FIRST TIME

We rolled along the ground, the little wheels tossed about by the rough turf, then all of a sudden, the ground fell away and I was alone with Mr. Peters, my sixth-grade band instructor and the pilot of the small airplane that had just thrust us into the air. I was flying. Our seats were side by side, cramped by the plane’s small cabin. The sudden transition from slightly bouncing in my seat to gliding startled me, and I wondered for an instant what had happened. Then I saw that the nose of the aircraft turned skyward and I was going up.

We turned and flew over my friends back on the ground whose eyes were trained on the plane as if waiting for it to crash to the earth. I was nearly to the point of believing that’s what would happen until I felt myself pressed harder against the seat as the ground at the Hobart, Oklahoma, airport rapidly receded.

I had felt like that before. The first time I rode my bicycle with my dad running along side with his hand under the seat to hold me upright. Then one day I looked back and he was no longer there. I knew fear then. I knew I was going to topple over and hit the pavement and Mom would get mad at me for all the scrapes and cuts she would have to bandage.

But it took only a moment, that tiny slice of time when my mind blows through all of my emotions before I realized that I had not wrecked my bike and it seemed to be traveling forward on its own.

I looked through the windscreen at the solid blue before me, an expanse of nothingness. We were headed right into it. I leaned toward the window by my shoulder and watched the ground glide by beneath us, the trees as small as the ones on my train set, the roads mere gray trails across the ground, houses the size of matchboxes.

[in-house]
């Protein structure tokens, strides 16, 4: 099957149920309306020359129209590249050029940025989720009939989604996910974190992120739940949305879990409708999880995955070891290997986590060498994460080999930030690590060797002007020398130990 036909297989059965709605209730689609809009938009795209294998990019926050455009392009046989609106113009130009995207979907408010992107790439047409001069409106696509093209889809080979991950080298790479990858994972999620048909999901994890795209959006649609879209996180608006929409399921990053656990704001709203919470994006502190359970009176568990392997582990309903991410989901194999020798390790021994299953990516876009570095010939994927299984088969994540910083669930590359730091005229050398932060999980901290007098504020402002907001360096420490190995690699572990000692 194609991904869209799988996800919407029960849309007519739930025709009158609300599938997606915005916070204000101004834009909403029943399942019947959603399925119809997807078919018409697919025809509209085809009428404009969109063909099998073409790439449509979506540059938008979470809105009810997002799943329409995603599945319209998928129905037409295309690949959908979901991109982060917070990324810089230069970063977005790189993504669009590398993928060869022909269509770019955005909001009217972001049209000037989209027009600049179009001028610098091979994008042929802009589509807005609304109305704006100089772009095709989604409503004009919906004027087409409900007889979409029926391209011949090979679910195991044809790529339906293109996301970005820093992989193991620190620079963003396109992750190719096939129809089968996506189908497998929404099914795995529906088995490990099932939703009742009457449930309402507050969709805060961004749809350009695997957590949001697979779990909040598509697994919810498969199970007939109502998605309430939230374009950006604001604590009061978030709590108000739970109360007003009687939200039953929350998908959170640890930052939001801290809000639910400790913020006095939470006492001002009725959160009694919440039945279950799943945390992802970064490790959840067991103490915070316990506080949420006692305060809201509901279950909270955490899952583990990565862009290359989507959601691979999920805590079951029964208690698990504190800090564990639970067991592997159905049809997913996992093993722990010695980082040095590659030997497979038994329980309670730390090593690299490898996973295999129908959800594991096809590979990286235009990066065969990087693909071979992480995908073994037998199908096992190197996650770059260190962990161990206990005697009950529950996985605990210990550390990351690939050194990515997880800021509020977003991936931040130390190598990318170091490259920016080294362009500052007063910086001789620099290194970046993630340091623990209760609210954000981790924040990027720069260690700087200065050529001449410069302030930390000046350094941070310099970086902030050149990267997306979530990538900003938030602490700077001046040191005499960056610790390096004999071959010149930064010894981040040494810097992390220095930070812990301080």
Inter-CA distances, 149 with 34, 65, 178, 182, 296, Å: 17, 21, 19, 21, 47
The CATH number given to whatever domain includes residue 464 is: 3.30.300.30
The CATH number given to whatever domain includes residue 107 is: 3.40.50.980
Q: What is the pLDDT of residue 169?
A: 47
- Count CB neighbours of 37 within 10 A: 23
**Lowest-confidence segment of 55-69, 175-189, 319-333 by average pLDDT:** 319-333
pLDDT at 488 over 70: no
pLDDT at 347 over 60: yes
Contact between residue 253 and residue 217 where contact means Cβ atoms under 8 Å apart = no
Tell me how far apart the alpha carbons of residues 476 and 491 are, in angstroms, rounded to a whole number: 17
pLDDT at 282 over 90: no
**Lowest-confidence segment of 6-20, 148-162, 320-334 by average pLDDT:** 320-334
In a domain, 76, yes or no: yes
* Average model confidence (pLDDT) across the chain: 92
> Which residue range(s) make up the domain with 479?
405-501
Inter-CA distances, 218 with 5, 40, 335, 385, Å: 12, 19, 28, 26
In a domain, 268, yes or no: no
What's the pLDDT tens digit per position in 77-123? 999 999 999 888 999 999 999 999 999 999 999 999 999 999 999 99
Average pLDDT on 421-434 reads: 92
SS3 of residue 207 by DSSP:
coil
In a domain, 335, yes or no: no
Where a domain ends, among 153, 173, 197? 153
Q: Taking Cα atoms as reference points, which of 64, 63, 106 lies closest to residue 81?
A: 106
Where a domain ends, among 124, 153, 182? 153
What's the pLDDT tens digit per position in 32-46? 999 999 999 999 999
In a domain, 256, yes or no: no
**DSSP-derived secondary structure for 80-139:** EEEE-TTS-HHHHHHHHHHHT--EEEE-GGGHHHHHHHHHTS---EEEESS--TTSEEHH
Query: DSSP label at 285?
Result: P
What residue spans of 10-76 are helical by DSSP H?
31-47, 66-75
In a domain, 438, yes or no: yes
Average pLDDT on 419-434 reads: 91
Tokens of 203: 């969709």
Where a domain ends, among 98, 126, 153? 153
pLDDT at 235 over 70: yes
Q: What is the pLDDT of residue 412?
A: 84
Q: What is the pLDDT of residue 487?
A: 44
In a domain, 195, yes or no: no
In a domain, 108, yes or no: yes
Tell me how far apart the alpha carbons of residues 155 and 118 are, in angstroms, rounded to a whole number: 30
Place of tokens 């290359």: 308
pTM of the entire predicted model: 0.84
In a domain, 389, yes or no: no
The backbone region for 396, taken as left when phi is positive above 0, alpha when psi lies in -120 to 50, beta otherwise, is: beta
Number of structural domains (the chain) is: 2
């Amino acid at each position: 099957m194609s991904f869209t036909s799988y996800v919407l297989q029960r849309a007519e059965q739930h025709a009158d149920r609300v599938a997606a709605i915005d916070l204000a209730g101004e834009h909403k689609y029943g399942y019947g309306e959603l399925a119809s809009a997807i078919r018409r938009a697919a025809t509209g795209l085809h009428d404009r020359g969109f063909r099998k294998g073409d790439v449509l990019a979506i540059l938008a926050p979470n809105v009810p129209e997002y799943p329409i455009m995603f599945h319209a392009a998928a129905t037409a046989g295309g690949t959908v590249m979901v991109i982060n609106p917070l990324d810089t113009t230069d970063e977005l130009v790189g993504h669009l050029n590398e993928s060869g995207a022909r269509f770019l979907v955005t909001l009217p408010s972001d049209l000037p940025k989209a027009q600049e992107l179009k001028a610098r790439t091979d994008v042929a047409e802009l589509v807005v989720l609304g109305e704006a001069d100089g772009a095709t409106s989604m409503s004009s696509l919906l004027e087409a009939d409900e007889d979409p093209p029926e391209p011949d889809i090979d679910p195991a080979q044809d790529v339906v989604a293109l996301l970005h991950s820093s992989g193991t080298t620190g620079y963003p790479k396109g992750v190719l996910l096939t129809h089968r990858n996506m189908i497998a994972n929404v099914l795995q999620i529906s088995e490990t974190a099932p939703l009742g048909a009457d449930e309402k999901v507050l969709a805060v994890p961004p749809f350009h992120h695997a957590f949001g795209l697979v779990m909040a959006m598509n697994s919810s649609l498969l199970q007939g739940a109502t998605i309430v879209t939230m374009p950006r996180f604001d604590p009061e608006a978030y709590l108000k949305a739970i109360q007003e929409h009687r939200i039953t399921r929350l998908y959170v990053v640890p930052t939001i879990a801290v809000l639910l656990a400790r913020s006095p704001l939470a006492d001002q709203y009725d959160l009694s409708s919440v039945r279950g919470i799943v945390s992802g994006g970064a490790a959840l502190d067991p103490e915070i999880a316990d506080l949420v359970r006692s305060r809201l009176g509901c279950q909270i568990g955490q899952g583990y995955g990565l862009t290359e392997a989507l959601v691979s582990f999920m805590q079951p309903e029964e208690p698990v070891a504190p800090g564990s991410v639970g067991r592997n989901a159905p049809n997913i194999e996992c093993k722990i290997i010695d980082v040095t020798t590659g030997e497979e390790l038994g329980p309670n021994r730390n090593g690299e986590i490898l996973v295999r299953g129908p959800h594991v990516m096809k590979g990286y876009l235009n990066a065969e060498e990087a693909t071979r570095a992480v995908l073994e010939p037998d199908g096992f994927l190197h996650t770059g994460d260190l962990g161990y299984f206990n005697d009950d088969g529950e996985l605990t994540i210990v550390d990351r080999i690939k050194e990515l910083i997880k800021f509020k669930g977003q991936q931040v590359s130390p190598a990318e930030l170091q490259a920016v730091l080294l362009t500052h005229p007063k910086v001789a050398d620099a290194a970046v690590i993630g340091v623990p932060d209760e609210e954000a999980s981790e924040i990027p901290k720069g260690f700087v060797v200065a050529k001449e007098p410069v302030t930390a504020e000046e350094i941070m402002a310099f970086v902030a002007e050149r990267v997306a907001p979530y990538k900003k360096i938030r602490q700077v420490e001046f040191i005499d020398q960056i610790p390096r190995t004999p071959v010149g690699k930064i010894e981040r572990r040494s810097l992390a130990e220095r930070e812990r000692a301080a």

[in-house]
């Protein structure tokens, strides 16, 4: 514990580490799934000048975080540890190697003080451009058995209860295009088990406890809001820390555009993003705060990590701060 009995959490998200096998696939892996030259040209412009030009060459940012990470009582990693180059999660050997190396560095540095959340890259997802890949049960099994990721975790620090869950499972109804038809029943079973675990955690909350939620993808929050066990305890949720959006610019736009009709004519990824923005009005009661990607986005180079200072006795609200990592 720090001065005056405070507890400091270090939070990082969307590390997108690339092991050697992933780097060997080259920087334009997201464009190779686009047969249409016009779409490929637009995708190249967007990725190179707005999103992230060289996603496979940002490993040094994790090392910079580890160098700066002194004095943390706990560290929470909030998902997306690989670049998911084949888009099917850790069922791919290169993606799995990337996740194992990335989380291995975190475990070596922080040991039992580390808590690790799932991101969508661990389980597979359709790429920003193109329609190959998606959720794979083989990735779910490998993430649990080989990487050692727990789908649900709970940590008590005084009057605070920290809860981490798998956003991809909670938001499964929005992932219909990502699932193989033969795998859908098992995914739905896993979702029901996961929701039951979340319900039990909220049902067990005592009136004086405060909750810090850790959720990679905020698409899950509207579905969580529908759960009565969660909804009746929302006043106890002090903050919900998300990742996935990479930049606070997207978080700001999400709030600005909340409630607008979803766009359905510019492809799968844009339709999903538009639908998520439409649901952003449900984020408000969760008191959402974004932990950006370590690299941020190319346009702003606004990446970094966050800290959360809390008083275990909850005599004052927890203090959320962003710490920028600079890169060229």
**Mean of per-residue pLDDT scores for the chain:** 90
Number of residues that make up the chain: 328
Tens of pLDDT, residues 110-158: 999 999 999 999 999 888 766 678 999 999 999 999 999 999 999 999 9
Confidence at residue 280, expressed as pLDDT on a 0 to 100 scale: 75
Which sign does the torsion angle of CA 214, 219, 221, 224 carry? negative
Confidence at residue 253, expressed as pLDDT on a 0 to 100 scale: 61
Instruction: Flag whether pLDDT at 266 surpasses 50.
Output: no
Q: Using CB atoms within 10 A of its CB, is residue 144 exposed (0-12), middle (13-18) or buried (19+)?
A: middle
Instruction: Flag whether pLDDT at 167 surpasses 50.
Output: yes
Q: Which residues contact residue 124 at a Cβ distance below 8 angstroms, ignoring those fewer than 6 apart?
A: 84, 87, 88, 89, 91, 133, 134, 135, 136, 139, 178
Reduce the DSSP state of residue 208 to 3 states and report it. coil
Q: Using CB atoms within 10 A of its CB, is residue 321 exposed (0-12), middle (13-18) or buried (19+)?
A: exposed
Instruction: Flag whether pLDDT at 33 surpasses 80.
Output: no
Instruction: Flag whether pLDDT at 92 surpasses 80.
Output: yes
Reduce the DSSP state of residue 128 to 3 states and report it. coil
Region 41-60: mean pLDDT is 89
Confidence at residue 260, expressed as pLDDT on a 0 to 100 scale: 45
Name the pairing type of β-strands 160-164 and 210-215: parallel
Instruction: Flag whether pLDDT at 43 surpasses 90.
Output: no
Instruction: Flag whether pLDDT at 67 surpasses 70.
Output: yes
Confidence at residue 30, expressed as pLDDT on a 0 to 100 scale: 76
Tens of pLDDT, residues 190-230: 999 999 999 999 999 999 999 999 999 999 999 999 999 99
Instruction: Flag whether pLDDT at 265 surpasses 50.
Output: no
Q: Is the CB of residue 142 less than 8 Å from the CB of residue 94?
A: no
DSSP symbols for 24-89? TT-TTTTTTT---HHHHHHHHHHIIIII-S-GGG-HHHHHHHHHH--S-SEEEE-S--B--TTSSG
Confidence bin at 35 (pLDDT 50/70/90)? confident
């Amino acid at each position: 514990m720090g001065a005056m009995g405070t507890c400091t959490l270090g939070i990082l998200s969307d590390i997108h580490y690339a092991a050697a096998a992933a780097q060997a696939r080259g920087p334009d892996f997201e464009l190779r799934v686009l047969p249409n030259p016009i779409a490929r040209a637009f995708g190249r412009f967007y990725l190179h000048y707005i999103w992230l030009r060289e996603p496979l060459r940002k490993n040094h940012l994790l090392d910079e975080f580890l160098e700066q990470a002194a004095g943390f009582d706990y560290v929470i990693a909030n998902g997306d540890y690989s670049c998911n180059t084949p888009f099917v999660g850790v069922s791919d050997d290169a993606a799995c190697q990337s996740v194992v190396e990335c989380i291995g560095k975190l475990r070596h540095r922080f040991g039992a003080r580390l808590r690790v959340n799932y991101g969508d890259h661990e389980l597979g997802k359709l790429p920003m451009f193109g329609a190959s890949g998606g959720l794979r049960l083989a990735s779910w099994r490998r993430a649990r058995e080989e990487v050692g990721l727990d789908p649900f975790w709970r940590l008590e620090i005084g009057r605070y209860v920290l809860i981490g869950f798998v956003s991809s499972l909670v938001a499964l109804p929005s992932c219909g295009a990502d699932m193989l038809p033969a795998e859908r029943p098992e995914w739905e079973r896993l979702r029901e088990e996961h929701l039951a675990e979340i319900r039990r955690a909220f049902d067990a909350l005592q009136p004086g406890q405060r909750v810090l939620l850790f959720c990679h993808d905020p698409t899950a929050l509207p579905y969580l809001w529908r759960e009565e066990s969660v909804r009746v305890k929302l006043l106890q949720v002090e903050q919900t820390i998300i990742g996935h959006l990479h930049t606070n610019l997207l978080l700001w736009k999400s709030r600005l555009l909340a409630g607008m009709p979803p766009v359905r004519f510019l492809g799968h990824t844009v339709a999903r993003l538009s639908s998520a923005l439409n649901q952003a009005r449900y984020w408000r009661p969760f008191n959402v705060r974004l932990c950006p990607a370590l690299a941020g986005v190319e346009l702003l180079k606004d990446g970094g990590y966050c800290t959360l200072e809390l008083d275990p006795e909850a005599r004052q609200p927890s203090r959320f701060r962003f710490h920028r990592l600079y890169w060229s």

My fingers finally released their grip on the edges of my seat and I was aware of the smooth air flowing around us, the giant wings stretched out to the sides to catch it, floating, like in the swimming pool except without the water. The only difference was the vibration of the engine.

“What do you think?” Mr. Peters asked, looking at me with his cockeyed grin.

I wouldn’t have been aware of it at the time, but now I know that my eyes would have been as big as they were the first time I saw Susan Dougherty drop her pants. It was quite a shock for five-year-old boy to discover that girls were different from boys.

Soaring through the air for the first time was just about as big of a shock. Flying. I was really flying. Up in the air like the planes I saw pass over my house. And the big jets at the air shows held every year at the huge Boeing plant in Wichita, Kansas. I loved planes. I had no less than 50 plastic models I had assembled and painted, on display in the hallway of our house in Hobart. I saved my allowance until I had enough to buy another kit, then it was off to McDonald’s Sporting Goods downtown to select my next project. I’m fairly certain I made a significant contribution to Mr. McDonald’s profit line. It might have explained the new car he had bought.

So, there I was, flying with Mr. Peters, aloft in a real plane. Just like the Air Force pilots in their big birds that zoomed around the sky. The exhilaration I felt that day was like a stencil pounded into my mind, its deep indentions never to vanish. Had I known more about sex then, I might have been challenged to think that flying was not the ultimate experience. But to an eleven-year-old boy that was infatuated with flying, nothing could have been better.

We landed all too soon and it was over. Or at least, the flight was. My mind was still floating up there with the clouds, banking and soaring over trees and roads and pastures, and if anyone was down there on the ground, he would be looking up and thinking to himself, “I wish I were up there.”

About marc cullison

Retired college instructor, math and science. I write and read as much as I can. I am also working on my log house. So much to do.
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